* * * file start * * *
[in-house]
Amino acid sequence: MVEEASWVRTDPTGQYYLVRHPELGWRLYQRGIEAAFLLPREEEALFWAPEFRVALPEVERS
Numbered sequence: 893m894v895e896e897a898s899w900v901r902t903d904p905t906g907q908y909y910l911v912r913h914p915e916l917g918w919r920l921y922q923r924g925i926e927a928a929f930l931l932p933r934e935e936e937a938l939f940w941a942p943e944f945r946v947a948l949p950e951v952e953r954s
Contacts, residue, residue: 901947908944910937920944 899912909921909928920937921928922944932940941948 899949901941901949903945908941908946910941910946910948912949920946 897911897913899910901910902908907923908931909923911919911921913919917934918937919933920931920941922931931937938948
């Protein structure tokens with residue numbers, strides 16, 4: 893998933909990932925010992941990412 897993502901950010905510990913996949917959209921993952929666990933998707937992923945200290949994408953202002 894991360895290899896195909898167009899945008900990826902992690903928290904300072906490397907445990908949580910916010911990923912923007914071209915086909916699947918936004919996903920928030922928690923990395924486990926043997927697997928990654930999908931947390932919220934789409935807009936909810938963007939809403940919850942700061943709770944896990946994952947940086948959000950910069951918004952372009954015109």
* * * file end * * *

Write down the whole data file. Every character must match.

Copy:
[in-house]
Amino acid sequence: MVEEASWVRTDPTGQYYLVRHPELGWRLYQRGIEAAFLLPREEEALFWAPEFRVALPEVERS
Numbered sequence: 893m894v895e896e897a898s899w900v901r902t903d904p905t906g907q908y909y910l911v912r913h914p915e916l917g918w919r920l921y922q923r924g925i926e927a928a929f930l931l932p933r934e935e936e937a938l939f940w941a942p943e944f945r946v947a948l949p950e951v952e953r954s
Contacts, residue, residue: 901947908944910937920944 899912909921909928920937921928922944932940941948 899949901941901949903945908941908946910941910946910948912949920946 897911897913899910901910902908907923908931909923911919911921913919917934918937919933920931920941922931931937938948
């Protein structure tokens with residue numbers, strides 16, 4: 893998933909990932925010992941990412 897993502901950010905510990913996949917959209921993952929666990933998707937992923945200290949994408953202002 894991360895290899896195909898167009899945008900990826902992690903928290904300072906490397907445990908949580910916010911990923912923007914071209915086909916699947918936004919996903920928030922928690923990395924486990926043997927697997928990654930999908931947390932919220934789409935807009936909810938963007939809403940919850942700061943709770944896990946994952947940086948959000950910069951918004952372009954015109």